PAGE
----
Friday, February 24, 2012

Don’t Look at Me

Courtship is fascinating! We are all aflutter with new feelings for someone, and are so anxious to please. We want to talk and ask questions, to learn everything we can about this wonderful person we’ve found a special connection with. We dress to please, read up on subjects we aren’t familiar with, try new foods and books, movies and music. Anything and everything to strengthen new bonds.


But just try to have a meaningful heart to heart conversation with someone who closes his eyes at you!



I remember sitting across the table from my hubby-to-be in a nice steakhouse. Although not loud in my estimation, there was definitely a persistent hum of activity swirling around us. Dishes and silverware clunking, ice cubes in water glasses tinkling, voices murmuring, wait staff rustling about between the tables. Added to all of that was a soft roar of continuous noise from the kitchen.

I was mid-sentence (which, to be honest, I usually am) when my dinner companion sets down his knife and fork, leans back in his  chair with his hands in his lap, then firmly, but absolutely, shuts his eyes.

I was astounded!

I stopped speaking, set down my silverware, and just stared. After a few minutes Steve’s eyes opened, and he calmly proceeded to devour his steak as if nothing had happened.

What in the world, I thought. Did he just fall asleep? Have a mini-seizure?

I did not resume my chatter, but applied myself diligently to my meal. Not one more word was spoken until the waiter came by to see if we wanted coffee and dessert. We accepted coffee, declined dessert. Otherwise we were completely silent.

On the way out to our cars afterward, I asked if everything was okay.

“Just fine,” was his response.

“Are you sure?” I persisted. My dinner date paused as he opened my car door for me and began searching my face for a clue.

“Dinner was wonderful,” he said hesitantly.  “Thank you.” He turned, walked to his own car and drove away.

I was stumped.  What had just happened? What had I said? Did I miss something?

All these years later I now understand. Aspies may have trouble focusing when there is too much commotion going on around them. My hubby can’t listen unless he blocks out as much excess stimuli as possible. When he needs to really concentrate and listen, he closes his eyes.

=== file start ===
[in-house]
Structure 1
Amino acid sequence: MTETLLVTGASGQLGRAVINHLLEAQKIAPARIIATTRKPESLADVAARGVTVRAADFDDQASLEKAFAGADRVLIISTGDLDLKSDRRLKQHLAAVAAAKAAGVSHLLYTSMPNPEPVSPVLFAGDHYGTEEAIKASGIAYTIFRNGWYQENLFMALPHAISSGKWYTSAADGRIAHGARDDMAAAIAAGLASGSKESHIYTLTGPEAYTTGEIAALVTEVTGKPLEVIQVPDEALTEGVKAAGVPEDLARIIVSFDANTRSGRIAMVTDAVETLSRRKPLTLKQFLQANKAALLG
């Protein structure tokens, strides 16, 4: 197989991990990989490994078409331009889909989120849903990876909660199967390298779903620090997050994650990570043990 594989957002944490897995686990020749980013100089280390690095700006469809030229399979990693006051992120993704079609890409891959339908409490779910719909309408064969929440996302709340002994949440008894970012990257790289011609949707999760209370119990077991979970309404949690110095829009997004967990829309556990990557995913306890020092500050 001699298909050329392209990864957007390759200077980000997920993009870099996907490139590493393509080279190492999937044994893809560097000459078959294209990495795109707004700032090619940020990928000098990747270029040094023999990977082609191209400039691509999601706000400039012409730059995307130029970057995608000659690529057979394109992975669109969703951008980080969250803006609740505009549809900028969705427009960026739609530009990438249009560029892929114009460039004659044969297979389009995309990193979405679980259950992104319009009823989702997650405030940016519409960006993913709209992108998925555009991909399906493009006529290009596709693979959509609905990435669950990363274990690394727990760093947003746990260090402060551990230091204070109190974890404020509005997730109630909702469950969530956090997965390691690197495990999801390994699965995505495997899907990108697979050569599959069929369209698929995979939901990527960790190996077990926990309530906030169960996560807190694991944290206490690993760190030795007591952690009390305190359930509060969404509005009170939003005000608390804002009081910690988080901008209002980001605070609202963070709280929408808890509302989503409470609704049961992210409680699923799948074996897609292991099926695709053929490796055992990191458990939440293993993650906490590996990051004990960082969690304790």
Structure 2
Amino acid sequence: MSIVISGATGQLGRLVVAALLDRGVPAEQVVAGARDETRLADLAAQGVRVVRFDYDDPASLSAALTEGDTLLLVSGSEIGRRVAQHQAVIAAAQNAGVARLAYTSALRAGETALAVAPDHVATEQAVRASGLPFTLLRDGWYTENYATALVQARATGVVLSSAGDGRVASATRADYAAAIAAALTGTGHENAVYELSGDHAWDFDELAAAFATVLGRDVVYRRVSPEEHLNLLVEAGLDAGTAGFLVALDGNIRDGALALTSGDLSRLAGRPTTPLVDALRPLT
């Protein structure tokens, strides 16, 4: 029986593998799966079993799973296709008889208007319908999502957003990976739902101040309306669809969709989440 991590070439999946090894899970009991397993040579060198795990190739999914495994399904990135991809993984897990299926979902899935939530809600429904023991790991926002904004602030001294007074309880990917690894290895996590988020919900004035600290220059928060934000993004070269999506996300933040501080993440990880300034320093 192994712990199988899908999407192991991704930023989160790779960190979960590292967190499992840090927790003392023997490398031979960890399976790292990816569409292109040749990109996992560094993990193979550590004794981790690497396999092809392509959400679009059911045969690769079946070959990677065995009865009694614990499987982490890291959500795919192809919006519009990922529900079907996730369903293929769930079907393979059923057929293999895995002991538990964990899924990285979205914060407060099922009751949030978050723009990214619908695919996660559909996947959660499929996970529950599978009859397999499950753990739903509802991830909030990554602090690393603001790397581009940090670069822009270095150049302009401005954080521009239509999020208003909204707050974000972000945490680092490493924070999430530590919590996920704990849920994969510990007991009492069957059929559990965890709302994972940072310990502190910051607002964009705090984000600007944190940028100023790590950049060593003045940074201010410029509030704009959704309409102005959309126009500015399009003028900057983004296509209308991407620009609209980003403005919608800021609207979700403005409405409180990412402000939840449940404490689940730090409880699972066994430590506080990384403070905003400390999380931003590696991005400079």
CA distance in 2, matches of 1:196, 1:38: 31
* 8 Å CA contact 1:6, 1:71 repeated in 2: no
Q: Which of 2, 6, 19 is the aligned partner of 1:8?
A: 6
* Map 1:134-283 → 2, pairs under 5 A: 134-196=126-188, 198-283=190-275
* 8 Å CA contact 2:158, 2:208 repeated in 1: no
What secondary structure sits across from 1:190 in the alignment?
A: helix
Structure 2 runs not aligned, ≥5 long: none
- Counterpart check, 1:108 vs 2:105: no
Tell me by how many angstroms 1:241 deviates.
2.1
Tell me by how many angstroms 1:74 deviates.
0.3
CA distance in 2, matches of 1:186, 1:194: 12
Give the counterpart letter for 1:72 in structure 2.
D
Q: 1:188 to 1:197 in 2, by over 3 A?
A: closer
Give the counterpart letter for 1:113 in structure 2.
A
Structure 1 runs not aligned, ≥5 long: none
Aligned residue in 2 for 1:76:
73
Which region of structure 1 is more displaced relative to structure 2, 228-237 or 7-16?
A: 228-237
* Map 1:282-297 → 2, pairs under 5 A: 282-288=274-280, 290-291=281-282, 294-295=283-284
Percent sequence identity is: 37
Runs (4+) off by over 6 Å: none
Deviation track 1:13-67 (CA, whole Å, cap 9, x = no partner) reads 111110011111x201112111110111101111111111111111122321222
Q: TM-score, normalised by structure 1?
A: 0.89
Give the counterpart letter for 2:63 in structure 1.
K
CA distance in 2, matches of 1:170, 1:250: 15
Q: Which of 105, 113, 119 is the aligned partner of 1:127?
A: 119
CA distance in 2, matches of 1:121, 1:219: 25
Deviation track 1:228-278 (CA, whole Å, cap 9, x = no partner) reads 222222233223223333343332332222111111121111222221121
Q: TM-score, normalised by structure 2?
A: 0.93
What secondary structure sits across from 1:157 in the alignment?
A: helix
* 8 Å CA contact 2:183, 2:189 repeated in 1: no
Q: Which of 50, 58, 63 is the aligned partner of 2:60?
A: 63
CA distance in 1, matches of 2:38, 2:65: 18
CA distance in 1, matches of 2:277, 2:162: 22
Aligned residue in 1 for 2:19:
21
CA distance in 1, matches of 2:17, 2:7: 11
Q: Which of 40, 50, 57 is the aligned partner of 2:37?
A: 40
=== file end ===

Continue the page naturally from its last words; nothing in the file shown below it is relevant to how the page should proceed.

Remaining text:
I always know when he’s paying close attention to people at a meeting or lecture – his eyes are closed, his head tipped slightly back, and his hands are resting in his lap. I know he is awake because his foot will be tapping or his knee will be bouncing. It’s very hard for him to sit completely still while awake.

If you ask our pastor to name one person guaranteed to fall asleep during his sermon, he’d probably immediately name my spouse. I use to nudge my hubby constantly during services. I must have made worship times miserable for him.

Now I know why his eyes were closed. I no longer glance in his direction during talks and lectures. Speaking with Steve by telephone is usually the easiest way for us to communicate, and I’ve learned how to start a discussion with him in person.

“Sweetie, please close your eyes – we need to talk…”

2 comments:

  1. Just found your blog.... one time my aspie husband had to close his eyes and throw his arms over his face in order for us to have a conversation. He rarely ever looks at me, and even more rarely says my name.

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    1. when we talk or go out for a meal, we usually sit side by side and shoulder to shoulder - one immediate benefit of such a seating arrangement is that i am able to focus on any of his 'distractions' & wait until the dessert tray is out of sight or comment on a fascinating (from his viewpoint) architectural feature -as for my name, steve always calls me "sweetie", which is fine by me...

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